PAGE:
NEW DELHI : The Union government on Thursday announced an extension of completion deadline of green energy projects, recognizing that the 21-day nationwide lockdown that came into effect Wednesday will delay all execution.

Such a move will protect clean energy developers from the risk of penalties including fines and encashment of bank guarantees for missing their project completion deadline. India’s 1.3 billion people are currently under the world’s largest lockdown aimed at stemming the spread of COVID-19 pandemic.

This announcement comes in the backdrop of the government’ earlier decision to consider the disruption in the supply chains due to spread of coronavirus under the Force Majeure Clause.

“All renewable energy projects under implementation will be given extension of time considering period of lock down and time required for remobilisation of work force," new and renewable energy secretary Anand Kumar said in a tweet on Thursday.

The growing pandemic has impacted India’s green energy trajectory. According to power purchase agreements (PPAs), delays in project completion timelines attract penalties. India is running what will become the world’s largest clean energy programme with the aim to have 175 GW of clean energy capacity by 2022. By then, it plans to add 100GW of solar capacity, which may need investments of around $80 billion, growing more than threefold to $250 billion by the end of 2030.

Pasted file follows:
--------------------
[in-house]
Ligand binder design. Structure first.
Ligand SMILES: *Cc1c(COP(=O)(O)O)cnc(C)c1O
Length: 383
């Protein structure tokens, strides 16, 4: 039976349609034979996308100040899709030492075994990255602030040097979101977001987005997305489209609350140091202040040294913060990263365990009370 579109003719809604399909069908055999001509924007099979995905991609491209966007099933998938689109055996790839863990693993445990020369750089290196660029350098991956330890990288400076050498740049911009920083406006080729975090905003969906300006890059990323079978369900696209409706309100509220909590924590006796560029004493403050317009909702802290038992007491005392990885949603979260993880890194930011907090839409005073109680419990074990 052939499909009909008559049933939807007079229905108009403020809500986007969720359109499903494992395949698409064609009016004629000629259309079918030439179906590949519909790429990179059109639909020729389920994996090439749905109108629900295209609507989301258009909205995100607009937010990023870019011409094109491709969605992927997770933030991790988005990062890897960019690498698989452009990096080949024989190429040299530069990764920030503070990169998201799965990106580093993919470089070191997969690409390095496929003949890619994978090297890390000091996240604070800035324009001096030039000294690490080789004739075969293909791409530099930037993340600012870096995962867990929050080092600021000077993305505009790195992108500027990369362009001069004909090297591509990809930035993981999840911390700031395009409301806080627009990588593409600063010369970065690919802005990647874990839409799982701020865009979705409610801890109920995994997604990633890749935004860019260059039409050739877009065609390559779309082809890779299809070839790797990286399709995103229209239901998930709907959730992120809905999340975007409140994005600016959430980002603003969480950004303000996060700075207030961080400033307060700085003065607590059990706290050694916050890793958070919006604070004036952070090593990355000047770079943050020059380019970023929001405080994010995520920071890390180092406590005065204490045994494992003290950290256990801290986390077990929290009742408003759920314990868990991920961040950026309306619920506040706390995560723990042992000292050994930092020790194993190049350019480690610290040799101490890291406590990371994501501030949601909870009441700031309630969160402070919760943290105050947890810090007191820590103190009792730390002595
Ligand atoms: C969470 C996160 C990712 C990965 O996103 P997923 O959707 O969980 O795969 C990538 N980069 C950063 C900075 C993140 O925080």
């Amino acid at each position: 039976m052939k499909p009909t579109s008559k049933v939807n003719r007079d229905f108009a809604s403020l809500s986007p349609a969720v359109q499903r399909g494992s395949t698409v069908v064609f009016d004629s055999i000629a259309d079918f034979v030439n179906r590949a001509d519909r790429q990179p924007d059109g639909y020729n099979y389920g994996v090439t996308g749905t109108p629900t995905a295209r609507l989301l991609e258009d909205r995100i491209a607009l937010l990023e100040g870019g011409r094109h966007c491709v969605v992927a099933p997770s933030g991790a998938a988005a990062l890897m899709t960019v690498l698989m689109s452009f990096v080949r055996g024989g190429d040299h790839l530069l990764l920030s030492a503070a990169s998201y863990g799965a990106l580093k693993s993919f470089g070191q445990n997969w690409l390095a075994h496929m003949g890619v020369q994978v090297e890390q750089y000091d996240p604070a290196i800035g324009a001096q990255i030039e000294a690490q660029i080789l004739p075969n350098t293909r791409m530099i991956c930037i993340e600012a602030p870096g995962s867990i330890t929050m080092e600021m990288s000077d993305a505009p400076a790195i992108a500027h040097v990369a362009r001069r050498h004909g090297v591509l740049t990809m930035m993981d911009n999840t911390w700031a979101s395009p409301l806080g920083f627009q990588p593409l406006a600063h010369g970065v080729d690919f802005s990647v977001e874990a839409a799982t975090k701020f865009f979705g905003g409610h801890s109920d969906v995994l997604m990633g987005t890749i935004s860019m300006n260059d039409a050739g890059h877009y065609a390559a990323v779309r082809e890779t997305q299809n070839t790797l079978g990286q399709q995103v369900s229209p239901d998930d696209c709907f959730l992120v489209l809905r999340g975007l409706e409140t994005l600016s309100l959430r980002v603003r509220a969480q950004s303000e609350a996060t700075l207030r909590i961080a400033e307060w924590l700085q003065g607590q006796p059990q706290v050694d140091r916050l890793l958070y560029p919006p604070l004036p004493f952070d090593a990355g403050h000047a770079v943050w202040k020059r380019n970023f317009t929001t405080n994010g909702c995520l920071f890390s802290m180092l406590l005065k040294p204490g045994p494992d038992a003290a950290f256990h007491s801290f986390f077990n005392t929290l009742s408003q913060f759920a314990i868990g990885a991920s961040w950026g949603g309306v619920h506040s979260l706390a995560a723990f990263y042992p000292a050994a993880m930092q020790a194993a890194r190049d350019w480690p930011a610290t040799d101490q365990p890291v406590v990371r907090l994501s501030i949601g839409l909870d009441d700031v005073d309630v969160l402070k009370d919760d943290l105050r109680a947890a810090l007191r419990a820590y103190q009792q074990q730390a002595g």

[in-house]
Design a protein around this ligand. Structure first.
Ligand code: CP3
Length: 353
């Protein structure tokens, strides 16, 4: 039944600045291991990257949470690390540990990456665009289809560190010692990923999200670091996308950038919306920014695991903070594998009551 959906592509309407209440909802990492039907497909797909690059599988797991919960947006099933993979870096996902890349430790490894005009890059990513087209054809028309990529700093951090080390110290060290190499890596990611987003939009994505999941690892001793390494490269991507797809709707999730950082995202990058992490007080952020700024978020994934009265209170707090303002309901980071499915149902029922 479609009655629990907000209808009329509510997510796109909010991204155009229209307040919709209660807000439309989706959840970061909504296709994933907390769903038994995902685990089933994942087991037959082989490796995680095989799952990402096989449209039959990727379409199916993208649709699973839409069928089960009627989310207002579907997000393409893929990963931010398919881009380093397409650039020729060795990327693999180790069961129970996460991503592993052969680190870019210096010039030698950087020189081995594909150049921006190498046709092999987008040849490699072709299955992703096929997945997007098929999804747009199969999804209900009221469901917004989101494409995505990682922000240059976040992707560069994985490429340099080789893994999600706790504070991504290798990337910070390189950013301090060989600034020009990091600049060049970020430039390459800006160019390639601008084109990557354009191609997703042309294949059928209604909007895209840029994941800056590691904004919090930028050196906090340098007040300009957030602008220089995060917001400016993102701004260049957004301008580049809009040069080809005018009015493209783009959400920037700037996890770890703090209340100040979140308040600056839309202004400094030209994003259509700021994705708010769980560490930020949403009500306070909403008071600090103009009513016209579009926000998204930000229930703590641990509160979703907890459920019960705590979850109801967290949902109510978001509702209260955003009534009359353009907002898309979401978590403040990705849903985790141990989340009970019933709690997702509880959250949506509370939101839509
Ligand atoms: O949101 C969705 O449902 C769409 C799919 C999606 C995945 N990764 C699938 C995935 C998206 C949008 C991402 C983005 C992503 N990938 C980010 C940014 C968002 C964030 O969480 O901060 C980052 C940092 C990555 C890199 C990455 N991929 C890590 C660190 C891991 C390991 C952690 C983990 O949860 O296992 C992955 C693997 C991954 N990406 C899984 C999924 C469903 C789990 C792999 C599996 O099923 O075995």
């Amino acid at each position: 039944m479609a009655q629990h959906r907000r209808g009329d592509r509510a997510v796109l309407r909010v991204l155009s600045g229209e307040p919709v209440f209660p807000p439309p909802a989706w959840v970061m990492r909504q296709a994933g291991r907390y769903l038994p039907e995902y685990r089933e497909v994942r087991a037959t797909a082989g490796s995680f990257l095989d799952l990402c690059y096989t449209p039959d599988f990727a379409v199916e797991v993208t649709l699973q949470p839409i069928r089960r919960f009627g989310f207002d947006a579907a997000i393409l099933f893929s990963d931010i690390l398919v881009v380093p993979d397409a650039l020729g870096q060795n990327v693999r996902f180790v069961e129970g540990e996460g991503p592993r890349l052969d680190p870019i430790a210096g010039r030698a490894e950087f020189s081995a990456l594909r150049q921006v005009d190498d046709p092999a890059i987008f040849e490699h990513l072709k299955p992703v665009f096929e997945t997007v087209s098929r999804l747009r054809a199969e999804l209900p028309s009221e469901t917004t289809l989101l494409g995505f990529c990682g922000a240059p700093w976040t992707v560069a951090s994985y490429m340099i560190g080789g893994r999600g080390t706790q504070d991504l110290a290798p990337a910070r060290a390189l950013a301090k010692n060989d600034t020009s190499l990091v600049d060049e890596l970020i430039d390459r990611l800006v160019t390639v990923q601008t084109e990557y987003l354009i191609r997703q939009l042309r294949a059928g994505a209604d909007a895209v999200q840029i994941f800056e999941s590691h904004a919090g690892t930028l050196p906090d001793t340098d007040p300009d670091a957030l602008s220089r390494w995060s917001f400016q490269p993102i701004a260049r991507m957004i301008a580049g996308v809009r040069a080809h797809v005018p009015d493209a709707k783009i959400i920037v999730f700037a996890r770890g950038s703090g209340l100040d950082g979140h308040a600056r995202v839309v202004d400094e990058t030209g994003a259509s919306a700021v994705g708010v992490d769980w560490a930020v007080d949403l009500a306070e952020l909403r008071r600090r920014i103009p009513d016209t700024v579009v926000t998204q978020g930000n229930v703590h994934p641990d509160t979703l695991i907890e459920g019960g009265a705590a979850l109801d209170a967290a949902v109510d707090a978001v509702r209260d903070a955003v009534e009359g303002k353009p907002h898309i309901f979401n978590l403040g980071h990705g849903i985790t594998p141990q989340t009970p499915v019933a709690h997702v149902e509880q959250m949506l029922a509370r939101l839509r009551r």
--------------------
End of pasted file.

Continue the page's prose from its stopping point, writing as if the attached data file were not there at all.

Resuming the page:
Mint reported on 6 February that power project developers in India, who source solar modules from China, plan to declare force majeure on meeting project completion deadlines because of supply disruptions caused by the coronavirus outbreak. Invoking the force majeure clause enables a developer to cite disruption from an unforeseen event—in this case the flu epidemic—to justify the delay.

Chinese solar module manufacturers supplying to India include Trina Solar Ltd, Jinko Solar Co. Ltd, JA Solar Holdings, ET Solar, Chint Solar Co. Ltd and GCL-Poly Energy Holdings Ltd. Indian solar power developers are concerned about the timely delivery of components to commission their solar parks and rooftop projects.

India’s green energy sector has been facing problems with banks wary of lending to developers as they suspect the viability of projects that have agreed to sell power at rock-bottom tariffs. There are also issues regarding delay in payments by state-run power distribution companies (discoms), non-allocation of land to wind power projects, besides transmission and connectivity related challenges.

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